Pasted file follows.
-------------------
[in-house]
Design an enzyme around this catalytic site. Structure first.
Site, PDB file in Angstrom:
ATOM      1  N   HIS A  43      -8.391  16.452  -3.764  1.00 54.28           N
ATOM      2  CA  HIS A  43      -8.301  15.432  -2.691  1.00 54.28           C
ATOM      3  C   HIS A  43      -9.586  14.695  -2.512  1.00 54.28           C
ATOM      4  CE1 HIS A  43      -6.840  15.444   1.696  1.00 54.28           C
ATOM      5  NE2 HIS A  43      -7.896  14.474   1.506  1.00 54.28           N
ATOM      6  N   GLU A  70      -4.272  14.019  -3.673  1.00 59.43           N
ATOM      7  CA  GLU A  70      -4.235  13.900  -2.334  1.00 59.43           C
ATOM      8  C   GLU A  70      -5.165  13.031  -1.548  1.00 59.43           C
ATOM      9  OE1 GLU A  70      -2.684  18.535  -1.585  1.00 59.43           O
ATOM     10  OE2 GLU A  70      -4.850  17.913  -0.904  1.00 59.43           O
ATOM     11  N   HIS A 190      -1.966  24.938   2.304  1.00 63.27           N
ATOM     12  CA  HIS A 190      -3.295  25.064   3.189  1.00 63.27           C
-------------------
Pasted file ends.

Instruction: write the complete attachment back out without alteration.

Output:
[in-house]
Design an enzyme around this catalytic site. Structure first.
Site, PDB file in Angstrom:
ATOM      1  N   HIS A  43      -8.391  16.452  -3.764  1.00 54.28           N
ATOM      2  CA  HIS A  43      -8.301  15.432  -2.691  1.00 54.28           C
ATOM      3  C   HIS A  43      -9.586  14.695  -2.512  1.00 54.28           C
ATOM      4  CE1 HIS A  43      -6.840  15.444   1.696  1.00 54.28           C
ATOM      5  NE2 HIS A  43      -7.896  14.474   1.506  1.00 54.28           N
ATOM      6  N   GLU A  70      -4.272  14.019  -3.673  1.00 59.43           N
ATOM      7  CA  GLU A  70      -4.235  13.900  -2.334  1.00 59.43           C
ATOM      8  C   GLU A  70      -5.165  13.031  -1.548  1.00 59.43           C
ATOM      9  OE1 GLU A  70      -2.684  18.535  -1.585  1.00 59.43           O
ATOM     10  OE2 GLU A  70      -4.850  17.913  -0.904  1.00 59.43           O
ATOM     11  N   HIS A 190      -1.966  24.938   2.304  1.00 63.27           N
ATOM     12  CA  HIS A 190      -3.295  25.064   3.189  1.00 63.27           C